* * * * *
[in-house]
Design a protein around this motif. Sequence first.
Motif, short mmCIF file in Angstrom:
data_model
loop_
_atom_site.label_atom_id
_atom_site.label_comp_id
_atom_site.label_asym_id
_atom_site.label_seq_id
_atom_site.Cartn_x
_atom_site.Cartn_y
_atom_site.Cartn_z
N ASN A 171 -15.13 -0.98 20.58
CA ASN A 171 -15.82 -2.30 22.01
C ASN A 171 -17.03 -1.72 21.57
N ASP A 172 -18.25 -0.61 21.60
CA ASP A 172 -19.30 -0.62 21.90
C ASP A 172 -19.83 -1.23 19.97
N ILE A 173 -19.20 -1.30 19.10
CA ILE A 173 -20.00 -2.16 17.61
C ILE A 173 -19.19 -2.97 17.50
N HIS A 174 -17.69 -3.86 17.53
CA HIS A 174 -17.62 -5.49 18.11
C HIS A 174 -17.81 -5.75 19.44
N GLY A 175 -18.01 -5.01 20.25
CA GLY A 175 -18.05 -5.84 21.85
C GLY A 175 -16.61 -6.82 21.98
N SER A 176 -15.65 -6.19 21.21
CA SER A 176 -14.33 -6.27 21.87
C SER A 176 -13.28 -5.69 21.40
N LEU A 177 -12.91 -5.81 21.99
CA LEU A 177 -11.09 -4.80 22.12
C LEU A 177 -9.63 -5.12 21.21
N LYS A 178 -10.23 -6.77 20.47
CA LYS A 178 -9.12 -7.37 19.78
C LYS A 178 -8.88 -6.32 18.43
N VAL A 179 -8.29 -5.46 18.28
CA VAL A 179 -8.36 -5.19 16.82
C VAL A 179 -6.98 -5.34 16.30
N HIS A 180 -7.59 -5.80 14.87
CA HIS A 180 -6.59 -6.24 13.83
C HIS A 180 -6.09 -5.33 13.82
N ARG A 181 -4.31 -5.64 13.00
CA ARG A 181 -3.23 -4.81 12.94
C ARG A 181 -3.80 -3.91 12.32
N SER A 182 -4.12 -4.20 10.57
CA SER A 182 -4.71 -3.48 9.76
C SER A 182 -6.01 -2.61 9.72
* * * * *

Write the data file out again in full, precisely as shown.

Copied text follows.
[in-house]
Design a protein around this motif. Sequence first.
Motif, short mmCIF file in Angstrom:
data_model
loop_
_atom_site.label_atom_id
_atom_site.label_comp_id
_atom_site.label_asym_id
_atom_site.label_seq_id
_atom_site.Cartn_x
_atom_site.Cartn_y
_atom_site.Cartn_z
N ASN A 171 -15.13 -0.98 20.58
CA ASN A 171 -15.82 -2.30 22.01
C ASN A 171 -17.03 -1.72 21.57
N ASP A 172 -18.25 -0.61 21.60
CA ASP A 172 -19.30 -0.62 21.90
C ASP A 172 -19.83 -1.23 19.97
N ILE A 173 -19.20 -1.30 19.10
CA ILE A 173 -20.00 -2.16 17.61
C ILE A 173 -19.19 -2.97 17.50
N HIS A 174 -17.69 -3.86 17.53
CA HIS A 174 -17.62 -5.49 18.11
C HIS A 174 -17.81 -5.75 19.44
N GLY A 175 -18.01 -5.01 20.25
CA GLY A 175 -18.05 -5.84 21.85
C GLY A 175 -16.61 -6.82 21.98
N SER A 176 -15.65 -6.19 21.21
CA SER A 176 -14.33 -6.27 21.87
C SER A 176 -13.28 -5.69 21.40
N LEU A 177 -12.91 -5.81 21.99
CA LEU A 177 -11.09 -4.80 22.12
C LEU A 177 -9.63 -5.12 21.21
N LYS A 178 -10.23 -6.77 20.47
CA LYS A 178 -9.12 -7.37 19.78
C LYS A 178 -8.88 -6.32 18.43
N VAL A 179 -8.29 -5.46 18.28
CA VAL A 179 -8.36 -5.19 16.82
C VAL A 179 -6.98 -5.34 16.30
N HIS A 180 -7.59 -5.80 14.87
CA HIS A 180 -6.59 -6.24 13.83
C HIS A 180 -6.09 -5.33 13.82
N ARG A 181 -4.31 -5.64 13.00
CA ARG A 181 -3.23 -4.81 12.94
C ARG A 181 -3.80 -3.91 12.32
N SER A 182 -4.12 -4.20 10.57
CA SER A 182 -4.71 -3.48 9.76
C SER A 182 -6.01 -2.61 9.72